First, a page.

This may seem to be a strange question to you, but Jesus would not make him whole against his will. It is just like sin, you may have walked away from God for this long or even longer, but Jesus will not force Himself upon you. The Lord is saying “Will you be made whole?"

It is the same question. He asks the man if he will accept healing in his flesh. He asks the sinner will he be made whole in the spirit. God will not overrule your will. To be healed in the body or the spirit, you must desire to be made whole.

John 5:7 “The impotent man answered him, Sir, I have no man, when the water is troubled, to put me into the pool: but while I am coming, another steppeth down before me."

Just as it is with the spirit, many times a person floundering, needing to be made whole, needs the help of a friend to help him plunge in. This man needed a friend. Most people who come to the Lord are helped by family or friends to come. The sad thing is, there are millions of people waiting to be made whole with no one to help them.

John 5:8 “Jesus saith unto him, Rise, take up thy bed, and walk."

In the same way that He spoke the world into being at creation, Jesus’ spoken words had the power to cure. The “pallet” or “mat” was normally made of straw and was light enough so that it could be carried on the shoulder of a well person who assisted the infirm.

Jesus tells him to do something to show that he has received his healing. Had the man just lain there, he would have died in that condition. He answered the call. He did just as Jesus said and was healed.

John 5:9 “And immediately the man was made whole, and took up his bed, and walked: and on the same day was the sabbath."

This phrase emphasizes the completeness of the cure.

This crippled man obeys the voice and takes up his bed and walks. Sabbath or not, if this Jesus can heal him, He certainly has the right to tell him to carry his bed. We see nowhere that this crippled man questioned, he just obeyed.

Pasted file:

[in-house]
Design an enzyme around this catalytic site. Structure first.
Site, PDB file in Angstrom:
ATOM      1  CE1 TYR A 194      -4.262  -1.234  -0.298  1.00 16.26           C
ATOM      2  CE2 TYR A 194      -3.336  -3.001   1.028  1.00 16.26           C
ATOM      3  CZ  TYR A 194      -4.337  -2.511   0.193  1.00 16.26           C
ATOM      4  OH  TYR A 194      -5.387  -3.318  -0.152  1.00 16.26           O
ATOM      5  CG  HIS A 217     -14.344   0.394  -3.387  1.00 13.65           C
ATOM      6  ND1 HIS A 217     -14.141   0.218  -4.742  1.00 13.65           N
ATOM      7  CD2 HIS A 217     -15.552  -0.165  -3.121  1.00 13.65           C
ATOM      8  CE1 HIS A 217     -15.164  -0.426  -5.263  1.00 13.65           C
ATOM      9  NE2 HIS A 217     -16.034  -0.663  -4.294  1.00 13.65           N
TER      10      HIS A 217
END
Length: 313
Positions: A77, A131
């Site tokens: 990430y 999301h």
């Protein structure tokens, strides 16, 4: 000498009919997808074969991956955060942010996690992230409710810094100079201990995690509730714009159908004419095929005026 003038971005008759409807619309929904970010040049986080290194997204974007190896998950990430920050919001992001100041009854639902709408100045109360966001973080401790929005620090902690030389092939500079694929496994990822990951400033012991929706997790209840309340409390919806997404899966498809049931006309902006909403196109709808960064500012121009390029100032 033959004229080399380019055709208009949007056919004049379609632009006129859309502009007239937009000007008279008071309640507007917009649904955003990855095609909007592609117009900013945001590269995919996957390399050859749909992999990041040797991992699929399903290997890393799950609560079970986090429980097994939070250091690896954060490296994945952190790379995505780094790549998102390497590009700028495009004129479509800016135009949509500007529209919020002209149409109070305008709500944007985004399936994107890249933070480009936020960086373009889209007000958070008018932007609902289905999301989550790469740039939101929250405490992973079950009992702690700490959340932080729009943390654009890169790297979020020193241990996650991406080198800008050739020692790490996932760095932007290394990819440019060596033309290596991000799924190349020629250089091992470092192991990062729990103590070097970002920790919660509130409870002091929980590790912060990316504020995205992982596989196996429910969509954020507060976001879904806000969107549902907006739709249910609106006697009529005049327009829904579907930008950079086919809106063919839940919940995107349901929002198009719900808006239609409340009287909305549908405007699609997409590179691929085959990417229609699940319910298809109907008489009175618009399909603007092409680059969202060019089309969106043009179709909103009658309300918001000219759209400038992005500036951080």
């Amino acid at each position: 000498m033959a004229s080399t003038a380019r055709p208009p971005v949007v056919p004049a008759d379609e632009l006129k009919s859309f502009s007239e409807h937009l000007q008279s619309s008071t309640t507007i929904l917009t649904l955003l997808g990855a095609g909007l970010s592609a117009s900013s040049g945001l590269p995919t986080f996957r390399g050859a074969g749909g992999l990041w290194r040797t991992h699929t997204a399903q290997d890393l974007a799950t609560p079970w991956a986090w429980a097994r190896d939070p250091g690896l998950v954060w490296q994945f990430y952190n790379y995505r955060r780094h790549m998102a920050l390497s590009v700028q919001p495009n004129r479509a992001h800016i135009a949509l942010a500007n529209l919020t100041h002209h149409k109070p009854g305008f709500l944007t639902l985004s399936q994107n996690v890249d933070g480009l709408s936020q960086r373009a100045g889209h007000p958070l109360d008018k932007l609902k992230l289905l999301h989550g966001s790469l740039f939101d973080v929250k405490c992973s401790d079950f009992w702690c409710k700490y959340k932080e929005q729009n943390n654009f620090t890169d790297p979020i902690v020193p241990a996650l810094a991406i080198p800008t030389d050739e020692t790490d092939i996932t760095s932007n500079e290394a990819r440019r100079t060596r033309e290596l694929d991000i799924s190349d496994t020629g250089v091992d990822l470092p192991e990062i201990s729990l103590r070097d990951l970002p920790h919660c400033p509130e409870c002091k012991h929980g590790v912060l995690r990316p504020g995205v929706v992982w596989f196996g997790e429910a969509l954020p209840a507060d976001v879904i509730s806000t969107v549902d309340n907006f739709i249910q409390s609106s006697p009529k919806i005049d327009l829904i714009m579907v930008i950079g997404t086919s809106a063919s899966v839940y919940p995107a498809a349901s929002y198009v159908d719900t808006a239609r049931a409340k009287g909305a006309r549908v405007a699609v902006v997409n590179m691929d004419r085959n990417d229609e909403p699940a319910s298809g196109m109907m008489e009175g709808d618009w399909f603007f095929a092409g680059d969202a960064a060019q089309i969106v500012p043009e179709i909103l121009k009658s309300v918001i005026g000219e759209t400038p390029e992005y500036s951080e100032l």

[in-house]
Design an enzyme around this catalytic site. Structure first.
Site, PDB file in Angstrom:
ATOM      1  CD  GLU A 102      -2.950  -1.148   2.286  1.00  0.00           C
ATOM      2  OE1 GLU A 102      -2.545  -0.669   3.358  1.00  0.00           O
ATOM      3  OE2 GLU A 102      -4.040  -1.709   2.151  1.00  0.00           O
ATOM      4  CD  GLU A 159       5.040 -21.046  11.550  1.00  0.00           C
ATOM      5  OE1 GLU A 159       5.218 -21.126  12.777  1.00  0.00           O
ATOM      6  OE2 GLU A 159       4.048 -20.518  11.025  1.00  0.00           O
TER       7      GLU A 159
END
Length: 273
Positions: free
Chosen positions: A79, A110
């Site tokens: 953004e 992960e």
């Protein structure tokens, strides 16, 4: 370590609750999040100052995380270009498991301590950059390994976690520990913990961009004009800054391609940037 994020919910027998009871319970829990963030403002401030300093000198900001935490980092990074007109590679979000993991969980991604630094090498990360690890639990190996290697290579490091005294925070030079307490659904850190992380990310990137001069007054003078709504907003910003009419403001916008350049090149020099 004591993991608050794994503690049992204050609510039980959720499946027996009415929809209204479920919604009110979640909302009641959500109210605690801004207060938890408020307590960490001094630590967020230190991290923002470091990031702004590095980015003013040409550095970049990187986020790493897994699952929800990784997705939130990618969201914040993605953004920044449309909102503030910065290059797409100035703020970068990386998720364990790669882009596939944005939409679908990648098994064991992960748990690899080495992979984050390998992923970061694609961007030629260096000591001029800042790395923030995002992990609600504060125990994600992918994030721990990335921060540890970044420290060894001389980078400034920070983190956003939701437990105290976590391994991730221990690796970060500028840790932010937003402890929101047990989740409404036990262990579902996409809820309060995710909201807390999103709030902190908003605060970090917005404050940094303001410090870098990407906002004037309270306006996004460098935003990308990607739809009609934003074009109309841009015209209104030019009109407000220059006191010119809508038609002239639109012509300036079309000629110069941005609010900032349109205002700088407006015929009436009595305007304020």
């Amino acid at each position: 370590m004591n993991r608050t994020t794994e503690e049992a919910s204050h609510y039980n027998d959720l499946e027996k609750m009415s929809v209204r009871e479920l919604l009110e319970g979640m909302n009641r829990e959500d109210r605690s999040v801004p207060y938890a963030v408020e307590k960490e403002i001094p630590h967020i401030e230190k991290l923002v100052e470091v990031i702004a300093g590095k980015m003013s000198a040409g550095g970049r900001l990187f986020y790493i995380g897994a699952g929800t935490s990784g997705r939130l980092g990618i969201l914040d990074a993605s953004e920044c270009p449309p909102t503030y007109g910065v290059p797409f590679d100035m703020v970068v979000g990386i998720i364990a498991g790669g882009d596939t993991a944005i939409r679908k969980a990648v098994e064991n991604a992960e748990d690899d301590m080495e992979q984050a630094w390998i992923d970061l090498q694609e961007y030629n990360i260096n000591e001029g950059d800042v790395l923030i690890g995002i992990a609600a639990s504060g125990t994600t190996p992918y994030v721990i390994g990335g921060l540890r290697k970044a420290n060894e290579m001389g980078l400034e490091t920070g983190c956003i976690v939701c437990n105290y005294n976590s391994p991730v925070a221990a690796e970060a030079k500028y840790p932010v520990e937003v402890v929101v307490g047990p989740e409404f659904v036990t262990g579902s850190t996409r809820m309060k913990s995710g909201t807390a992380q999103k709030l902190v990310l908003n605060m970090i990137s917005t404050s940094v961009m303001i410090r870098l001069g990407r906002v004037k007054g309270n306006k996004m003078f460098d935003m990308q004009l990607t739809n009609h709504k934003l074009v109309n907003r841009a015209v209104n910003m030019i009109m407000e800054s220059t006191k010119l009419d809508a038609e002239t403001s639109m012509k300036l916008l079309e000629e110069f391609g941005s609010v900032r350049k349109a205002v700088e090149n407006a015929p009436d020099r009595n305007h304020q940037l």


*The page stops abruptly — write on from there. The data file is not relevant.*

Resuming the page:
This is the very same thing we must do, all that have been crippled by the sins of life. When Jesus saves you, then you must obey. He will not be your Savior unless He can be your Lord as well.

The Old Testament had forbidden work on the Sabbath but did not stipulate what “work” was specifically indicated. The assumption in Scripture seems to be that “work” was one’s customary employment, but rabbinical opinion had developed oral tradition beyond the Old Testament

which stipulated 39 activities forbidden, including carrying anything from one domain to another.

Thus, the man had broken oral tradition, not Old Testament law.

John 5:10 “The Jews therefore said unto him that was cured, It is the sabbath day: it is not lawful for thee to carry thy bed."

The phrase reveals that the Judaism during Jesus’ time had degenerated into pious hypocrisy. Such hypocrisy especially enraged the Lord Jesus, who used this incident to set up a confrontation with Jewish hyper legalism and identified the need for a national repentance.

This is just the way a lot of people think. They were completely ignoring the fact that a man who had been crippled thirty-eight years could walk. They were so caught up in the law that all that meant anything to them was the formality of religion.

We too must not get so caught up in the routine of going to church, that we overlook the Lord and His Spirit. Formality means nothing to God. He wants your obedience and love.

These religious people were not interested in helping people. They were just interested in them keeping the law. Religion without Jesus is no good at all.

John 5:11 “He answered them, He that made me whole, the same said unto me, Take up thy bed, and walk."

These religious leaders were not really interested in the man. They wanted Jesus, to punish Him. They were jealous because His powers were far beyond anything they had.

John 5:12 “Then asked they him, What man is that which said unto thee, Take up thy bed, and walk?"

They already knew that this was Jesus. They just wanted this man to give His name, so that they might accuse Him.

John 5:13 “And he that was healed wist not who it was: for Jesus had conveyed himself away, a multitude being in that place."

The man had not stopped to ask Jesus who He was. Probably this man had spent so much time waiting at the pool that he had never heard of Jesus. We read there was a multitude there, so we know it would have been easy for Jesus to just walk through the crowd and be lost.

John 5:14 “Afterward Jesus findeth him in the temple, and said unto him, Behold, thou art made whole: sin no more, lest a worse thing come unto thee."

The basic thrust of Jesus’ comments here indicates that sin has its inevitable consequences. Although Scripture makes clear that not all disease is a consequence of sin, illness at times may